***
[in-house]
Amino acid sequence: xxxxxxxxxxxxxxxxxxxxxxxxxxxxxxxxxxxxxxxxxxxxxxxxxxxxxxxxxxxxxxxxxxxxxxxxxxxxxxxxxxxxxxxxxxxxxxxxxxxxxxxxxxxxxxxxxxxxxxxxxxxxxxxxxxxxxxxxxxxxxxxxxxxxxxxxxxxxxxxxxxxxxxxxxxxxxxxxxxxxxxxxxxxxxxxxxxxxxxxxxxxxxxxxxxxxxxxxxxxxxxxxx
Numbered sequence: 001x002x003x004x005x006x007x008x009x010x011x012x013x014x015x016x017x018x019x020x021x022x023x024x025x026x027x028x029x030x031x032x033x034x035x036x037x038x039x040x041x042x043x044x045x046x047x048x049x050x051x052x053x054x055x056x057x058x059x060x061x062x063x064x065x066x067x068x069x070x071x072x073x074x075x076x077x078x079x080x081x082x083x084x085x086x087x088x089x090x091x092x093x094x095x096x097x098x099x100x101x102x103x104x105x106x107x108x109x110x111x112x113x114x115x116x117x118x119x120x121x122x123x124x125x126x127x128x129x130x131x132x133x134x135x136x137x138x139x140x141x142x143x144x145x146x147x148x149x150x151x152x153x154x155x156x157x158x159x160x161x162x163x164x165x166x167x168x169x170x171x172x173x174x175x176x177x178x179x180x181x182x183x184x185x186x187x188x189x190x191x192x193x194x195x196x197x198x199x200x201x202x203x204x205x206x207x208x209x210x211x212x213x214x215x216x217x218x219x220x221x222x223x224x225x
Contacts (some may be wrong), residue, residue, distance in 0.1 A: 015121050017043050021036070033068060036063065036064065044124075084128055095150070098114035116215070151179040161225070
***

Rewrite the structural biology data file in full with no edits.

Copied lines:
[in-house]
Amino acid sequence: xxxxxxxxxxxxxxxxxxxxxxxxxxxxxxxxxxxxxxxxxxxxxxxxxxxxxxxxxxxxxxxxxxxxxxxxxxxxxxxxxxxxxxxxxxxxxxxxxxxxxxxxxxxxxxxxxxxxxxxxxxxxxxxxxxxxxxxxxxxxxxxxxxxxxxxxxxxxxxxxxxxxxxxxxxxxxxxxxxxxxxxxxxxxxxxxxxxxxxxxxxxxxxxxxxxxxxxxxxxxxxxxx
Numbered sequence: 001x002x003x004x005x006x007x008x009x010x011x012x013x014x015x016x017x018x019x020x021x022x023x024x025x026x027x028x029x030x031x032x033x034x035x036x037x038x039x040x041x042x043x044x045x046x047x048x049x050x051x052x053x054x055x056x057x058x059x060x061x062x063x064x065x066x067x068x069x070x071x072x073x074x075x076x077x078x079x080x081x082x083x084x085x086x087x088x089x090x091x092x093x094x095x096x097x098x099x100x101x102x103x104x105x106x107x108x109x110x111x112x113x114x115x116x117x118x119x120x121x122x123x124x125x126x127x128x129x130x131x132x133x134x135x136x137x138x139x140x141x142x143x144x145x146x147x148x149x150x151x152x153x154x155x156x157x158x159x160x161x162x163x164x165x166x167x168x169x170x171x172x173x174x175x176x177x178x179x180x181x182x183x184x185x186x187x188x189x190x191x192x193x194x195x196x197x198x199x200x201x202x203x204x205x206x207x208x209x210x211x212x213x214x215x216x217x218x219x220x221x222x223x224x225x
Contacts (some may be wrong), residue, residue, distance in 0.1 A: 015121050017043050021036070033068060036063065036064065044124075084128055095150070098114035116215070151179040161225070